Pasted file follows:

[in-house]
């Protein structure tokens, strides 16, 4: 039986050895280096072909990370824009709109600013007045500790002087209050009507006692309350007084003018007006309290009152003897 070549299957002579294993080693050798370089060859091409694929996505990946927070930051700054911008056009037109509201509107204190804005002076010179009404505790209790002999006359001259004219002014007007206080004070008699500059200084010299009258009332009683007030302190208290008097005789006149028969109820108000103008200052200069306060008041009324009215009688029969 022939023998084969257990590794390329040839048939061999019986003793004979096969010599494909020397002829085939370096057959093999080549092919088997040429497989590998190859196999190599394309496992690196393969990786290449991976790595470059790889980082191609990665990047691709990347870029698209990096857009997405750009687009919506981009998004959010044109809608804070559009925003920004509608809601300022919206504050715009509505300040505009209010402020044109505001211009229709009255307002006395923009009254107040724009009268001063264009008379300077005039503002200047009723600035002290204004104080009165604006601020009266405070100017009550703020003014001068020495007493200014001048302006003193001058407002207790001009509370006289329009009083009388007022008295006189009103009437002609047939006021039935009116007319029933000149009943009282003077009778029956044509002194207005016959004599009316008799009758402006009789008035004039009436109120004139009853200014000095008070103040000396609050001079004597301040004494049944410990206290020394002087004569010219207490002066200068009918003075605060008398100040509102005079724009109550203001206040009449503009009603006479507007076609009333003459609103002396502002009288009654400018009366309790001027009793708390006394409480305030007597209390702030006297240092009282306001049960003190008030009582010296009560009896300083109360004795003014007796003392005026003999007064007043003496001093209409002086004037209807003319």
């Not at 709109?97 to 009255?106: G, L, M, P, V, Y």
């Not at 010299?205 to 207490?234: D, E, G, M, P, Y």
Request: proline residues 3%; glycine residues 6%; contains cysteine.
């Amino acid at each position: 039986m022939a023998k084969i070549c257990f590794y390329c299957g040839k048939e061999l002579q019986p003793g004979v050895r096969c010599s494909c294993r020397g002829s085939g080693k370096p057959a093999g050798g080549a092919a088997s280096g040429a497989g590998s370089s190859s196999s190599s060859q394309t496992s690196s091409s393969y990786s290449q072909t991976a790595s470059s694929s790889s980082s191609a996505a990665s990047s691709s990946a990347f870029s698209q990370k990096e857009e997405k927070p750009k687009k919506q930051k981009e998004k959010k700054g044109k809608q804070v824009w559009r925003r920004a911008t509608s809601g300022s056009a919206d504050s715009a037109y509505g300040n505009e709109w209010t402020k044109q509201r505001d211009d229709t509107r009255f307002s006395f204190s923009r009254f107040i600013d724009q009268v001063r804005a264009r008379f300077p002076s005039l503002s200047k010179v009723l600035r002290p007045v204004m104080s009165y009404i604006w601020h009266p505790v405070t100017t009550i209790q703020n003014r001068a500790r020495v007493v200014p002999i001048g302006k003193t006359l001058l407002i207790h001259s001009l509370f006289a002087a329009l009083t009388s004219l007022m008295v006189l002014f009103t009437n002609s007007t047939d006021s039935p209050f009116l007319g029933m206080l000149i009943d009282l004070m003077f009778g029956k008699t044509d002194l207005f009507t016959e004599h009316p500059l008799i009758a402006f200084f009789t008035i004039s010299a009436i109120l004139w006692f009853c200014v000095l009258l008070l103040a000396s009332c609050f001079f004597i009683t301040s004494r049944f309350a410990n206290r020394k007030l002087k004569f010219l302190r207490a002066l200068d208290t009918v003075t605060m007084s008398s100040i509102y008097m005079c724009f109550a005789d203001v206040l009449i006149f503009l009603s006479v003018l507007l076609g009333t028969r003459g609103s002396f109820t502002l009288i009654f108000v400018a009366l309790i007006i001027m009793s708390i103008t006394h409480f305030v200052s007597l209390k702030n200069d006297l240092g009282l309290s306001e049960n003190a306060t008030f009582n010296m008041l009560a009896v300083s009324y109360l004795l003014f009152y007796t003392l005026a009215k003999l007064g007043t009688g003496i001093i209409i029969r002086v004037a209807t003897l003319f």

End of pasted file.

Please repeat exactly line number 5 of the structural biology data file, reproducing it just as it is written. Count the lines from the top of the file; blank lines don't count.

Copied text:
Request: proline residues 3%; glycine residues 6%; contains cysteine.